It is with a heavy heart that I write of the passing of Cymbrian Eunice. Eunice passed on February 11, 2013.
Eunice was from a litter of six, four females, out of Cymbrian Bonnie Patch by Powchay Patch. Bonnie was an outstanding hound that I will write about at a later time. Powchay was Mike’s hound that spent a summer here in PA running cottontails. He was an absolutely beautiful hound, mostly white with a fawn head and one black spot on each side , with near perfect conformation. Powchay did not like strangers but he took to me and my boys instantly. His head was shaped like a beagle sculpture. His endurance was unbelievable, I never even saw him pant and he was constantly on the move. When Bonnie came in heat, I called Mike and asked what he thought of the cross. To this day, that may very well be the best breeding I have made. If I would have had him here longer, I would have bred him to everything I had. Bonnie had 6 and raised them all. (Betsy was also bred at the same time to my Blake. Bonnie had her pups from 5pm to about midnight, Betsy had hers from midnight till about 5 am the same night.)
The 2 males in the litter were absolutely beautiful. Monk and Pow Jr. had everything in the build and looks department. The 4 females were also very nice. They ranged from “Tiny,” who I was sure was going to stay small (but grew to about 14”), to “Grandma” who I thought might go over 15”. (Although she topped out at 14 ¾”) In between were Eunice and Myrtle. I kept both.
Eunice and I bonded and soon became partners. She handled extremely well and loved to be with me. I will never forget the day she started. I jumped a cottontail in some goldenrod and Eunice heard it take out. She followed the scent about 10 feet and let out a wimper. I think her wimper startled her as she looked right at me. I encouraged her on and that was it. She took that rabbit about 20 yards. The next couple of runs, she continued to improve and stuck a little longer until she was circling with ease. She had a unique voice that wasn’t always pleasant but I learned to love it and trust it. She had amazing hunt and search, always on the look-out and always busy.
Some hounds just have that ability to solve a check and Eunice was one of those. She was quick, claimed fast, and fired out. She seemed to have the innate instinct on where to search and how to unravel a tough check. She gave plenty of mouth and worked well with any hound I ran her with.
One day while running with an SPO bred hound from down the road, Eunice put on a clinic. This SPO hound had licensed places and Eunice left her nothing to do but me-too. As the running continued, Eunice was putting more and more space between the 2. I almost felt bad for the other hound, she just couldn’t keep up and Eunice would have the check solved before the other hound could get to the check area. Back at the vehicles, the hounds were crated and Eunice curled up while the other hound was struggling to cool down. Fifteen minutes later Eunice was sound asleep and the other hound was still panting heavily.
Eunice and I were indeed close hunting buddies. I could direct her with a look or gesture or she could go on her own to rouse game. She understood what I asked of her. She seemed to enjoy running with the youngsters. It was like she had a job as an educator to show the youngsters how it’s done. She would go with the younger hounds and help them on the tough checks and was all business. She did not race for the front on them but would clean up their mistakes and keep them on the line.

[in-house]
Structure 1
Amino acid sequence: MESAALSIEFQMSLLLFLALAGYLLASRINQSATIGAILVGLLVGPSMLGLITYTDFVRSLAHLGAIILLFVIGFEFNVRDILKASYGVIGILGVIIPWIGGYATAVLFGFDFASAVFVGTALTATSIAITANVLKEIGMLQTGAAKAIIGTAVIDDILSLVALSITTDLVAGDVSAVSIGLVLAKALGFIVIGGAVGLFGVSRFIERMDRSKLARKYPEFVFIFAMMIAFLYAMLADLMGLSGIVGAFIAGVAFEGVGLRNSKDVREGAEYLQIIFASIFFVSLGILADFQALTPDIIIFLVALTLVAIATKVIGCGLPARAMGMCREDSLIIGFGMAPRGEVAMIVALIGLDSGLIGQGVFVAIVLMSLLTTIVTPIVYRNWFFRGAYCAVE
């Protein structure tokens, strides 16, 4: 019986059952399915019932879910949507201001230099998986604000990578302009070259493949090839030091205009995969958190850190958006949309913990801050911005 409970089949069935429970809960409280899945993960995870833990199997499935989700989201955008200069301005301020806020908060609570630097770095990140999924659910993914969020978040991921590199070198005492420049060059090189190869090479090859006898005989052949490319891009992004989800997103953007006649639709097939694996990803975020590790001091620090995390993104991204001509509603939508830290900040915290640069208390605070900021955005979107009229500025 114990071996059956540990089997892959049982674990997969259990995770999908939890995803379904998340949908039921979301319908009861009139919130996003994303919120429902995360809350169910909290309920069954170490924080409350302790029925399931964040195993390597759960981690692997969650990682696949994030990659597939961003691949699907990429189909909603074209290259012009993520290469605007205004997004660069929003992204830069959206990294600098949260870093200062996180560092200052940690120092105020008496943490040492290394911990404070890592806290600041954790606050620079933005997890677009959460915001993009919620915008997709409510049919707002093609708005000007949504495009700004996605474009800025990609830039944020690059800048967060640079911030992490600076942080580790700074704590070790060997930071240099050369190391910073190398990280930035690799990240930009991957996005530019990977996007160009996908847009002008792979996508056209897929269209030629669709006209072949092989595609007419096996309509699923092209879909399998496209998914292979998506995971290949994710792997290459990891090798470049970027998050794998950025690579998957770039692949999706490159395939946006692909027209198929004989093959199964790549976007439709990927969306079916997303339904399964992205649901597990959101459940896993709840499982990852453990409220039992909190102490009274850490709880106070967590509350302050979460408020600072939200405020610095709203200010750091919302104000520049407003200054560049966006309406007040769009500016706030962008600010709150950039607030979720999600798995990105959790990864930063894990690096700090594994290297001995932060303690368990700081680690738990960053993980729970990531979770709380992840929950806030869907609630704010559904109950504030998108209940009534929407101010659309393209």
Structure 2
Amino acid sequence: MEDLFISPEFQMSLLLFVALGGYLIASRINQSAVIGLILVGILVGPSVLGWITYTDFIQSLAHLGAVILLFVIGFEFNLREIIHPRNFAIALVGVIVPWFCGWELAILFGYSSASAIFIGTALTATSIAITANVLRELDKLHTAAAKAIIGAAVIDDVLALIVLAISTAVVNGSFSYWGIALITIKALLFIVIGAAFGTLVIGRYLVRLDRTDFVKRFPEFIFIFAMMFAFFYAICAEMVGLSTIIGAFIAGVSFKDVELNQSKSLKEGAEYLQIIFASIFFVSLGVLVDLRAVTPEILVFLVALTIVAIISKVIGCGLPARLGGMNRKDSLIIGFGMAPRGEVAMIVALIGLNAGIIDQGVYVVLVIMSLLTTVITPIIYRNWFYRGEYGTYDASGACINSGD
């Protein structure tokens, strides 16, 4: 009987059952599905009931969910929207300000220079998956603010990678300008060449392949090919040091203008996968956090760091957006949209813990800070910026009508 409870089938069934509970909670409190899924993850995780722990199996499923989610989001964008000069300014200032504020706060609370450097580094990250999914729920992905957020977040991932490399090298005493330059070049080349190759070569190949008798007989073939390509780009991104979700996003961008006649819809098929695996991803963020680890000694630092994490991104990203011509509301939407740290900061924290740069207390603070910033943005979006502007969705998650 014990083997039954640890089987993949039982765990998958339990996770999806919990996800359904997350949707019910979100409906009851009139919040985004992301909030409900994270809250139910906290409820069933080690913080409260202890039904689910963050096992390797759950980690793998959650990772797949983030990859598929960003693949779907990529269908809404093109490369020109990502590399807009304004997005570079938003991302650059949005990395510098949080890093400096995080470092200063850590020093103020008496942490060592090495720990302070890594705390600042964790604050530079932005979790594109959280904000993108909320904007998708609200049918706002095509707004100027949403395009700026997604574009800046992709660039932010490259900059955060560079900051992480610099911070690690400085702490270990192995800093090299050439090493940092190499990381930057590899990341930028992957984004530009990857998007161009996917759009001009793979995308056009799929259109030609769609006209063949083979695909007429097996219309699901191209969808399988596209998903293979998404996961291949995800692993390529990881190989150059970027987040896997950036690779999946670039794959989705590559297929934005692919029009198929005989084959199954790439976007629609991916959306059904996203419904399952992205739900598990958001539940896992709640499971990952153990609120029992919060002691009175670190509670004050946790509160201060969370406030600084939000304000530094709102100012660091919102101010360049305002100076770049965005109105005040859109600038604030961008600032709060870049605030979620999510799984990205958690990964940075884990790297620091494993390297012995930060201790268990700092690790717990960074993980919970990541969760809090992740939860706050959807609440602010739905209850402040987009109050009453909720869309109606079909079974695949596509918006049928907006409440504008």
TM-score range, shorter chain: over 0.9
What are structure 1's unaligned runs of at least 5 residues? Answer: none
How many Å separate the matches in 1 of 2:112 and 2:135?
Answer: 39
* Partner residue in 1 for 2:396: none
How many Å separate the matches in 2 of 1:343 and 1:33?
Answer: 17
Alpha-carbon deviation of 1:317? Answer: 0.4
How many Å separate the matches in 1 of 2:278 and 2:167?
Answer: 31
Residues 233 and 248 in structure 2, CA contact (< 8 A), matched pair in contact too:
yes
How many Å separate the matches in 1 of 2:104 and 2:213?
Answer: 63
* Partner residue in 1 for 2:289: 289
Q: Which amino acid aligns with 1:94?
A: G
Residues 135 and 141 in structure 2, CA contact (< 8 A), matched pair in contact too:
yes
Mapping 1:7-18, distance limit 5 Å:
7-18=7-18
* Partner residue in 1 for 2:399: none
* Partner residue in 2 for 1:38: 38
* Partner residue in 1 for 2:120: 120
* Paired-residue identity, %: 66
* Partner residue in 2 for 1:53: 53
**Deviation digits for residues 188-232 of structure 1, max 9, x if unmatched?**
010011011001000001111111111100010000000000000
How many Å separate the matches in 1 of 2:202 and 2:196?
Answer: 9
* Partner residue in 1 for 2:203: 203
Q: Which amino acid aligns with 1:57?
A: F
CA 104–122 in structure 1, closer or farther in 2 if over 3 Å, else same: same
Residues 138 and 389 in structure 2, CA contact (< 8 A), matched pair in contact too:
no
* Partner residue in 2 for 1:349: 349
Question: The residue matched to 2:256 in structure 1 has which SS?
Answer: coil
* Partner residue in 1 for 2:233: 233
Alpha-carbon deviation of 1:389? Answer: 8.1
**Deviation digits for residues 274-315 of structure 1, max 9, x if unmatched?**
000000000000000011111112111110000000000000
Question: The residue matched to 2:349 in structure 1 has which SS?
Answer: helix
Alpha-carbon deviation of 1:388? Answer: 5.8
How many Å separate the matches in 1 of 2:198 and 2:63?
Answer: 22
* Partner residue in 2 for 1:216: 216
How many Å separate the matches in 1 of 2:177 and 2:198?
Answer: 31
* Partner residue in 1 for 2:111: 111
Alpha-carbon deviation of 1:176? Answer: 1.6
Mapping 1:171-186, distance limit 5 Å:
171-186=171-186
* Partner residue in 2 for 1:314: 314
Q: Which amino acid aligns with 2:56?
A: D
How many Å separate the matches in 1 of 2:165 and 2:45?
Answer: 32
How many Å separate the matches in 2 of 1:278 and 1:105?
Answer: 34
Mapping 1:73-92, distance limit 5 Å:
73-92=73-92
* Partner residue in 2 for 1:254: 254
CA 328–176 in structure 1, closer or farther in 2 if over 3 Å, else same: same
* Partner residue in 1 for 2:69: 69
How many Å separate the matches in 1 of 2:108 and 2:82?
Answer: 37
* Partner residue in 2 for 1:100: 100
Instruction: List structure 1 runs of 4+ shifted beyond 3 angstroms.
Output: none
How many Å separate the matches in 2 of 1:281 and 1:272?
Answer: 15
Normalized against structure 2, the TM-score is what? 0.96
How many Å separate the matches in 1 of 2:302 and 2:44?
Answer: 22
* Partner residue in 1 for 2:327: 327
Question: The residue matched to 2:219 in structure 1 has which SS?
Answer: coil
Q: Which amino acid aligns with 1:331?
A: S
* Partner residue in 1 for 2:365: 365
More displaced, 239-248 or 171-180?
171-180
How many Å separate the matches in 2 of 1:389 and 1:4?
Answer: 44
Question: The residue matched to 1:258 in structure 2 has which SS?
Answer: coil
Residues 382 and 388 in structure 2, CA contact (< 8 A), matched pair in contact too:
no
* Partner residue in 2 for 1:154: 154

In Eunice’s first litter, she had five and raised all five. She was a very good mother and was very proud of her pups. Twila and Jack came out of that litter. Her second litter had 5 also but she lost 2 the first day and laid on one the second day. Losing those pups seemed to take a toll on her. It was like she became depressed but she continued on, doing a wonderful job with Elsie and Annaka. After weaning the pups, Eunice and Twila became a pretty steady duo. They would trade the lead and go back and forth on the drive and picking checks.
Shortly after her second litter, after a hearty run, I noticed her back legs were not quite right. After tests at the vet, the diagnosis was a slight bulged disc. After 2 days of steroids, she was back to herself. I took it easy on her for a couple months and it appeared she had completely recovered. Although she was back to her excellent running abilities, I was hesitant to breed her as I thought the added weight and stress of a pregnancy could cause a relapse.
During the next few years, she was one of those hounds that you hated to leave behind. It seemed I always had room to take Eunice and I loved having her out. She never took anything but a rabbit her whole life and I don’t think I ever heard her bark in the kennel. As a matter of fact, I don’t think I ever had to even raise my voice at her (other than her nasty habit of crapping on her board).
Last year I noticed a dreaded mammary tumor on her underside. Surgery was scheduled and when they opened her up, they found 5 or 6 more. She handled the surgery well and lived in the house for a couple months (she was house trained easily years before). After her recovery, I kenneled her by herself for the first time in her life. She was not content so I moved her in with Elsie, her daughter, and her sister Myrtle.
Saturday, February 9, she ate normal and all seemed fine. Little did I know that in about 30 hours my huntin’ buddy would be gone. The tears flowed steady as I laid my beautiful Eunice to rest next to her mother, aunt and former kennelmate Lilly. Sometimes I still expect to see her in her kennel. I am grateful that I had Eunice and am grateful to have her pups and now her grand-pups. Her contribution to my kennel is great. Her gift to my life was even greater. Rest easy girl.